Oscar predictions: We call the four acting races
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The Envelope’s Gold Standard columnist Glenn Whipp is sweeping through all 24 Oscar categories this week, predicting the winners. Check previous posts for tips on marking your Oscar pool ballots for the music categories, short films, sound races, animation, documentary and foreign films, visual crafts and the screenplay and editing races.
Here, a look at the four acting categories.
ACTOR IN A LEADING ROLE
Demian Bichir, “A Better Life”
George Clooney, “The Descendants”
Jean Dujardin, “The Artist”
Gary Oldman, “Tinker Tailor Soldier Spy”
Brad Pitt, “Moneyball”
And the winner is … Dujardin. It’s not just because he won the SAG Award (and cried while accepting it!), though his victory there indicates the strength of his position. The actors branch makes up more than a fifth of the academy’s membership. The last seven SAG lead actor winners have gone on to win the Oscar. And beyond that, “The Artist” has found favor with other guilds, indicating a broad support for the film itself that gives Dujardin a leg up here.
As for Clooney, he delivered a moving, nuanced turn in “The Descendants” that may well rank as the best work of his career. The problem is, Brad Pitt did the same in “Moneyball.” Academy voters inclined to reward subtlety could go for Pitt, Clooney or even first-time nominee Gary Oldman. But Dujardin carries “The Artist” in a way that is unlike any of the other actors here. That distinctiveness, combined with the Academy’s nutty love for the movie, gives him the win.
Unless … Voters decide they’d rather hear Clooney’s self-deprecating humor than Dujardin’s thick accent from the podium, denying France its first-ever winner in this category.
ACTRESS IN A LEADING ROLE
Glenn Close, “Albert Nobbs”
Viola Davis, “The Help”
Rooney Mara, “The Girl With the Dragon Tattoo”
Meryl Streep, “The Iron Lady”
Michelle Williams, “My Week With Marilyn”
And the winner is … Davis. God knows, Harvey Weinstein and his minions went into full-court press mode to get Streep her third Oscar, not to mention her first victory since “Sophie’s Choice.” Streep’s image has been so inescapable that it wouldn’t have been surprising to walk into an Outback Steakhouse and find a menu touting Cast ‘Iron (Lady)’ Skillet specials.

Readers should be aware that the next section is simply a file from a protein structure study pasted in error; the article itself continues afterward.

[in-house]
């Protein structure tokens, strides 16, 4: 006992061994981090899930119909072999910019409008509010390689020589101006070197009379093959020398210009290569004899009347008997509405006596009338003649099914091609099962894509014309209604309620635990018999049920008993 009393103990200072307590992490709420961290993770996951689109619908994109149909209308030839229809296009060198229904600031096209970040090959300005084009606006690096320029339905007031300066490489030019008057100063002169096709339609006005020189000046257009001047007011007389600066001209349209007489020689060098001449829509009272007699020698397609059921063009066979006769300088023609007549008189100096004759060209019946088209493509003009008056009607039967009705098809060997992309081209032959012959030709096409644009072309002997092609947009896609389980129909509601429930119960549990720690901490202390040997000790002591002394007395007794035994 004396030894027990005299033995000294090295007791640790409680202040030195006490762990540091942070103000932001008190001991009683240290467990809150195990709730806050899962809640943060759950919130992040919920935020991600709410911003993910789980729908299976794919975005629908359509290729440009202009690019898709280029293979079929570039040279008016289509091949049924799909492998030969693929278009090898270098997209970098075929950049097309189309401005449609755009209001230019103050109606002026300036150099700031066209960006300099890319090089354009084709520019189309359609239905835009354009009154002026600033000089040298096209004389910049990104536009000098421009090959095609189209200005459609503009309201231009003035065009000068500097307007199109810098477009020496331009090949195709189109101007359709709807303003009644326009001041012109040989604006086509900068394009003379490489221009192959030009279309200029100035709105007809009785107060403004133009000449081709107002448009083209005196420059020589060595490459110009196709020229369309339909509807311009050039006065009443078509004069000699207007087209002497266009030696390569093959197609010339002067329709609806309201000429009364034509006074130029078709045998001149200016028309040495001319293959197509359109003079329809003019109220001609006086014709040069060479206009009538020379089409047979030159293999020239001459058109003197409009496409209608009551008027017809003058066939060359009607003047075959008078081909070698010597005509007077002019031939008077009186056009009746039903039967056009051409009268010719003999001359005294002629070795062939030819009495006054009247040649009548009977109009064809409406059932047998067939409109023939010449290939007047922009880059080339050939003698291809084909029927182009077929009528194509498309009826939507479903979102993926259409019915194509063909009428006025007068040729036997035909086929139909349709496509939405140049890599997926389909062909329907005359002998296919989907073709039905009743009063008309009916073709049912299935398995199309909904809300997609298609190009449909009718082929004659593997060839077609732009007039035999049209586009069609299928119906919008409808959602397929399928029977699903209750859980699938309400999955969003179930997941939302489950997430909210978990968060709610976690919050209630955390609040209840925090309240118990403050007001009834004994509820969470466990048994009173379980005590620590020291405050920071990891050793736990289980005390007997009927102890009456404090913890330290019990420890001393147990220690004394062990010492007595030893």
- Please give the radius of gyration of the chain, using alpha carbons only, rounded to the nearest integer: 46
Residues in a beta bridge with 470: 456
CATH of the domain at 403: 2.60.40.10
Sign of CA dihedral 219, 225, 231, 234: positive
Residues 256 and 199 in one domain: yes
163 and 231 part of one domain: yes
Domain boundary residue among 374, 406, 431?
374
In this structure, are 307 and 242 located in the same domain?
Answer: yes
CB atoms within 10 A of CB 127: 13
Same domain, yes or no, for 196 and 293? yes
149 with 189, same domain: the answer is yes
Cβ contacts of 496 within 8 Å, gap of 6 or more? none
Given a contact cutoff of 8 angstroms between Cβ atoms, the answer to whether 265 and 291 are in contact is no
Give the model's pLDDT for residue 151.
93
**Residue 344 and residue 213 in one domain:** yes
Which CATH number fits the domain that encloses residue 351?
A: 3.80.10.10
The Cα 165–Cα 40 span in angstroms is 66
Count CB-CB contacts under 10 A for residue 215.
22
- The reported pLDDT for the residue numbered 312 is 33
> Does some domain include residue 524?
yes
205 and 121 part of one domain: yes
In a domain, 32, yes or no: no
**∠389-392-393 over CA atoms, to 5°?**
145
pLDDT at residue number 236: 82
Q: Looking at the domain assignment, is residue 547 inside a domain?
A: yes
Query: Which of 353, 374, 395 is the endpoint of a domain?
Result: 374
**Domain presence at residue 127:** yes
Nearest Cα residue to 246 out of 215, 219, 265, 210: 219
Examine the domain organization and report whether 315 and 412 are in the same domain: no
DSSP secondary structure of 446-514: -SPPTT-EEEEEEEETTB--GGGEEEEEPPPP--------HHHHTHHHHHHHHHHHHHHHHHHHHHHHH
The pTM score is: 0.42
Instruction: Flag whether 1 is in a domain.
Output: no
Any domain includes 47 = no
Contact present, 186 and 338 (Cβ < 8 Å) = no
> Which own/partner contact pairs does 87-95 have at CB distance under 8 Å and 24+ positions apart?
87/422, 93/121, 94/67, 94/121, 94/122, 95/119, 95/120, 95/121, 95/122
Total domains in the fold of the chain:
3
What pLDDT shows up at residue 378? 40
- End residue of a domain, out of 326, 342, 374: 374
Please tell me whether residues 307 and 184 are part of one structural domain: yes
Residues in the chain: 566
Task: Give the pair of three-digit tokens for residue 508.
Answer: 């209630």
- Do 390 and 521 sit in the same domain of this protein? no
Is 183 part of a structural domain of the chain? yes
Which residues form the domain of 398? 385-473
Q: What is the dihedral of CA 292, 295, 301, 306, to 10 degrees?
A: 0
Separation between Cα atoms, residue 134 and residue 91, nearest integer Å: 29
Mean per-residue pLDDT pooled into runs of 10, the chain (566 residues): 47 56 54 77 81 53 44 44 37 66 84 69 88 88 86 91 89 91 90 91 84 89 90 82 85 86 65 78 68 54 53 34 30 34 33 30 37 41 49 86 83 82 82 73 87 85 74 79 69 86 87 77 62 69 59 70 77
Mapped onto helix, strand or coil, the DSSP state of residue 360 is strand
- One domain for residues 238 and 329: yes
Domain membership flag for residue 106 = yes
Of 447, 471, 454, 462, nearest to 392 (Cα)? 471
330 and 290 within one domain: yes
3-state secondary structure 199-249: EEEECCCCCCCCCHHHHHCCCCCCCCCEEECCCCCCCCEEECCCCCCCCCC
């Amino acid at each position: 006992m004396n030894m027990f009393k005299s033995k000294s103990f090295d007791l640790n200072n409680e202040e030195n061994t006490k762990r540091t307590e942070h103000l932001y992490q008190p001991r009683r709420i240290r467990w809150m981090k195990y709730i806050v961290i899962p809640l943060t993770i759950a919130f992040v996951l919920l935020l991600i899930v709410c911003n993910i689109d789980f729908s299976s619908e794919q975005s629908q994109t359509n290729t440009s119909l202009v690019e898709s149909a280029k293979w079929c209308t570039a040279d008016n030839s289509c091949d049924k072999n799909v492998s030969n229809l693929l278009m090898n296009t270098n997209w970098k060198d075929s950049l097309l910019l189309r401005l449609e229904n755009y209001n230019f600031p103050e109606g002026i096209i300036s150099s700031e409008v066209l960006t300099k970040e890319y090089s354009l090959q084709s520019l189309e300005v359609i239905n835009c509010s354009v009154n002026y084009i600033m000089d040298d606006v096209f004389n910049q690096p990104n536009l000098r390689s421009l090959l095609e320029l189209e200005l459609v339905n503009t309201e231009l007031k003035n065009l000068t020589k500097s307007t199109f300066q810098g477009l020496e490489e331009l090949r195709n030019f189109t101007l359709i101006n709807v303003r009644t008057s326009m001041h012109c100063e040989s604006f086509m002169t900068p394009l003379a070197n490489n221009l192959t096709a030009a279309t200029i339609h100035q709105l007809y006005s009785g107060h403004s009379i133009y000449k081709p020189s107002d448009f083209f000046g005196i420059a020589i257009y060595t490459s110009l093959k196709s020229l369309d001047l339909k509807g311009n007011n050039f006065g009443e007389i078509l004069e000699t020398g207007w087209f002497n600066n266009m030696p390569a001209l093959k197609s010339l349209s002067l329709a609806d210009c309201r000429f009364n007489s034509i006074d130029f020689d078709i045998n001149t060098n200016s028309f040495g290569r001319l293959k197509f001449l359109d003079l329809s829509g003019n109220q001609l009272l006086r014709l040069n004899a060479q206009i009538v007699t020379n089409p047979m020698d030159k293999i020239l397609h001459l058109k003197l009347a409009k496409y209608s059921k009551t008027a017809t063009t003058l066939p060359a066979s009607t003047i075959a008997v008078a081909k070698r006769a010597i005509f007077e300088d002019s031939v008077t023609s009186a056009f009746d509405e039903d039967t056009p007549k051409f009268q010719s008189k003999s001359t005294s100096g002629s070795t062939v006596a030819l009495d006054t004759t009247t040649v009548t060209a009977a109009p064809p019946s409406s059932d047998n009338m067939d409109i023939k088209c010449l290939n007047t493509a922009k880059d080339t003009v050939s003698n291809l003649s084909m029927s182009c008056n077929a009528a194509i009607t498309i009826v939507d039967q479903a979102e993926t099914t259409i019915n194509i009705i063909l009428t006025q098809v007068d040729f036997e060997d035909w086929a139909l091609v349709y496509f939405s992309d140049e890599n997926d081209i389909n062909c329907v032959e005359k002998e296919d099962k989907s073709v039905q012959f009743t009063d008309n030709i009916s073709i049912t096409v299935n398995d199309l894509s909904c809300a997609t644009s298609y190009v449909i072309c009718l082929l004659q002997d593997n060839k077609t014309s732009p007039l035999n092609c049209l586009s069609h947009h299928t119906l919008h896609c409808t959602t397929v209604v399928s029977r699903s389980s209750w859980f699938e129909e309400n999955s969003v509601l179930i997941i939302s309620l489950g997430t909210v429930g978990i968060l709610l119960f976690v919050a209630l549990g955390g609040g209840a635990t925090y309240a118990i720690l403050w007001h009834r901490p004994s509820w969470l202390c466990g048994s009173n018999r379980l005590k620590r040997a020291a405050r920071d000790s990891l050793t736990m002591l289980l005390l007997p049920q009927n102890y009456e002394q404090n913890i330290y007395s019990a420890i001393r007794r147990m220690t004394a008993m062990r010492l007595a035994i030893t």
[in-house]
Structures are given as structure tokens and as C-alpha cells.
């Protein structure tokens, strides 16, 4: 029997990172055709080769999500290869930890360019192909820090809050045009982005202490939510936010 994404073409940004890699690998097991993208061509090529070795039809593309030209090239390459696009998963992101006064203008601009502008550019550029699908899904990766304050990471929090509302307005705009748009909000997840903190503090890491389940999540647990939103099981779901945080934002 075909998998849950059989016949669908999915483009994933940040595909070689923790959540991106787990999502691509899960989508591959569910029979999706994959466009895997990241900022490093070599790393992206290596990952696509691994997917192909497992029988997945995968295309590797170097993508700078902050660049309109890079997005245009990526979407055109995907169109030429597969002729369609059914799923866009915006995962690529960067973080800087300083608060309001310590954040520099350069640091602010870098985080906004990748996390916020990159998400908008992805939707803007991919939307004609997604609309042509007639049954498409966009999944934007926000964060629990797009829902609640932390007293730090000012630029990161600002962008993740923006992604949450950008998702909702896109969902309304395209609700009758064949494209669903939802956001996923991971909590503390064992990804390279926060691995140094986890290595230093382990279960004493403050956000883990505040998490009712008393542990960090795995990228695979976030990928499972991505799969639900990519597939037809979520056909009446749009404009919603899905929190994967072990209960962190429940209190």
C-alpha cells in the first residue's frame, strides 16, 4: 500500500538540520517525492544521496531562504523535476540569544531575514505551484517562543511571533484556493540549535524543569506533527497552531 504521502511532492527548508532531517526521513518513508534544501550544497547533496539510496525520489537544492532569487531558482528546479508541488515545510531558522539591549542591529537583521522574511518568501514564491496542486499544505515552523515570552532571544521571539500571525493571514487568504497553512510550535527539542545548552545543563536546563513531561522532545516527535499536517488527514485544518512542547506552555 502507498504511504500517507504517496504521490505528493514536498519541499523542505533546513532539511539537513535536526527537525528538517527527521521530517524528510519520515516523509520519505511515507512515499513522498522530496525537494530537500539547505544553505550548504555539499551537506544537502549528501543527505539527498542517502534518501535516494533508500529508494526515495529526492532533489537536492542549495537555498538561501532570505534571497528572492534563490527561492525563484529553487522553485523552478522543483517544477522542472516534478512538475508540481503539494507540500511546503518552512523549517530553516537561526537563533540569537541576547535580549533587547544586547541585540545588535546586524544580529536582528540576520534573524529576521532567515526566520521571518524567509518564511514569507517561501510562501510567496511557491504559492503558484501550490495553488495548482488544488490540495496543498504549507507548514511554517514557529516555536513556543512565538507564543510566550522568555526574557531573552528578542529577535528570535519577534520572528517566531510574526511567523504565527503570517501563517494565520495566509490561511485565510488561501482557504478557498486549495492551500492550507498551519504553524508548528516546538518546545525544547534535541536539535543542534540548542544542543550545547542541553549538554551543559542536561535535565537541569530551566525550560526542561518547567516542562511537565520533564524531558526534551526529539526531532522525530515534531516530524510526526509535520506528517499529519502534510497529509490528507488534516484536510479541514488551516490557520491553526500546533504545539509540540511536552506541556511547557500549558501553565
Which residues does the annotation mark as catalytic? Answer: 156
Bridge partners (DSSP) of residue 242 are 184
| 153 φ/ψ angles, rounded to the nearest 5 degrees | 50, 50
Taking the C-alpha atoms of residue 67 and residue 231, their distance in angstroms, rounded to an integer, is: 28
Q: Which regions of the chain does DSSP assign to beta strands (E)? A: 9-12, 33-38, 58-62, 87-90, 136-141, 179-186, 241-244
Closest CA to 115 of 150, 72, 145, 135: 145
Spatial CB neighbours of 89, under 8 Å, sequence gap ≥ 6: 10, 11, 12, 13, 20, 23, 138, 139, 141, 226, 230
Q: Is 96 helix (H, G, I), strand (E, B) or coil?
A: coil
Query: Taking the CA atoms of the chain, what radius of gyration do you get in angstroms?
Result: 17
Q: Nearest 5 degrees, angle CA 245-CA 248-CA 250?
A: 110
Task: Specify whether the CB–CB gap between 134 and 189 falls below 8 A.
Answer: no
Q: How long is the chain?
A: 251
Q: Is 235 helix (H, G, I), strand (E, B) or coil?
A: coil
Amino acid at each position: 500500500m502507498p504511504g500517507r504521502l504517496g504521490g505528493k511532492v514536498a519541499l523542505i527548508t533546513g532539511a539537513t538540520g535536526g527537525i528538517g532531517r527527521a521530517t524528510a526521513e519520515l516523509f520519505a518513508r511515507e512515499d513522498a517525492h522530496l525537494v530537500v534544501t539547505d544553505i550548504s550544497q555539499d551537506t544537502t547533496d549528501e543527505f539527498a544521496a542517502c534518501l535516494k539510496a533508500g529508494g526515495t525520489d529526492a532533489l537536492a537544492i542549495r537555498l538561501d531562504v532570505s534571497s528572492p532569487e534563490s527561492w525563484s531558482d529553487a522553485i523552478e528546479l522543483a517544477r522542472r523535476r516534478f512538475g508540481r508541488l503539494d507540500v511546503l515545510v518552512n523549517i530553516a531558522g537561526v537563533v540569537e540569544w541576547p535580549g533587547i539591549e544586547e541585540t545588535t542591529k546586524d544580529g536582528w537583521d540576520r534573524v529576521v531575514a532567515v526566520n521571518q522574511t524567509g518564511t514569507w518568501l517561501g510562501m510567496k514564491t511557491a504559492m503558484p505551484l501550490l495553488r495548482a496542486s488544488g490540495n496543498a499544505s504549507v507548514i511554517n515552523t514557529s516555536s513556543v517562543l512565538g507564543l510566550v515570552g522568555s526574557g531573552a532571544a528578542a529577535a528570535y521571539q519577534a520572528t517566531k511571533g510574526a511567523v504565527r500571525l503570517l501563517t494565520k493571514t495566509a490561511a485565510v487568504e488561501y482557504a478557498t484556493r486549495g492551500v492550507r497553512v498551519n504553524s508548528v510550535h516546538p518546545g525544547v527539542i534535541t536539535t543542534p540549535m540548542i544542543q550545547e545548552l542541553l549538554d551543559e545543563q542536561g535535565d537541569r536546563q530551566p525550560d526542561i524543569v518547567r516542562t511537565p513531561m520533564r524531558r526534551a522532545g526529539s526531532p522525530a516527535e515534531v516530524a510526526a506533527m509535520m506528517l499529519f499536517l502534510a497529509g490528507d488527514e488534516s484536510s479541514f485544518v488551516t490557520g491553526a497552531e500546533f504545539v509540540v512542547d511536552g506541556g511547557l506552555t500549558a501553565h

Will it work? Academy members still go the career-achievement route when voting (see Bullock, Sandra), just not as often as they used to. (To which we say: Hoo-ah!) Davis won SAG, a Streep-friendly group that has gone with her (“Doubt”) when the academy didn’t. Davis also stands as the only nominee whose film received a best picture nomination. And every time she speaks from the podium, she gives us all the more reason to celebrate both her and her work in the movie.
Mara’s courage and ferocity in “Dragon Tattoo” struck a chord with many voters. Williams arguably does more bringing Marilyn Monroe to life than Streep did with Thatcher. But as we’ve been saying all along: It’s Davis’ year.
Unless … Outback’s Thatcher Tri-Tip tastes better than it looks on the menu.
ACTOR IN A SUPPORTING ROLE
Kenneth Branagh, “My Week With Marilyn”
Jonah Hill, “Moneyball”
Nick Nolte, “Warrior”
Christopher Plummer, “Beginners”
Max von Sydow, “Extremely Loud & Incredibly Close”
And the winner is … Plummer. Much has been made of the fact that both Plummer and von Sydow were born in 1929, as if that’s somehow going to split the octogenarian vote. Look at the AARP-sanctioned slate here. Hill’s the only nominee under 50, and he’s not going to win for a role that had him (quite skillfully, mind you) reacting and observing (with impeccable timing) more than stirring the waters. (Huh … maybe he should siphon more votes.)
Plummer has never won, receiving his only other Oscar nomination two years ago for “The Last Station.” But those voting for him aren’t saluting his body of work. They’re lauding his beautiful turn in “Beginners,” an elegiac performance that particularly hits home with older academy members. After winning nearly every other trophy, Plummer will not be denied here.
Unless … That surprise best picture nomination for “Extremely Loud” portends another shocker with a win for Von Sydow.
ACTRESS IN A SUPPORTING ROLE
Berenice Bejo, “The Artist”
Jessica Chastain, “The Help”
Melissa McCarthy, “Bridesmaids”
Janet McTeer, “Albert Nobbs”
Octavia Spencer, “The Help”
And the winner is … Spencer. Here again, there’s the presence of another common competitor that, in theory, could dilute the vote. But because Spencer and her “Help” costar Chastain deliver very different turns playing dissimilar characters, the much-cited Costar Competition Conundrum shouldn’t put much of a ding in the likelihood that Spencer wins.
Unless … It’s a really big night for “The Artist,” in which case, Bejo will have the last wink.
-- Glenn Whipp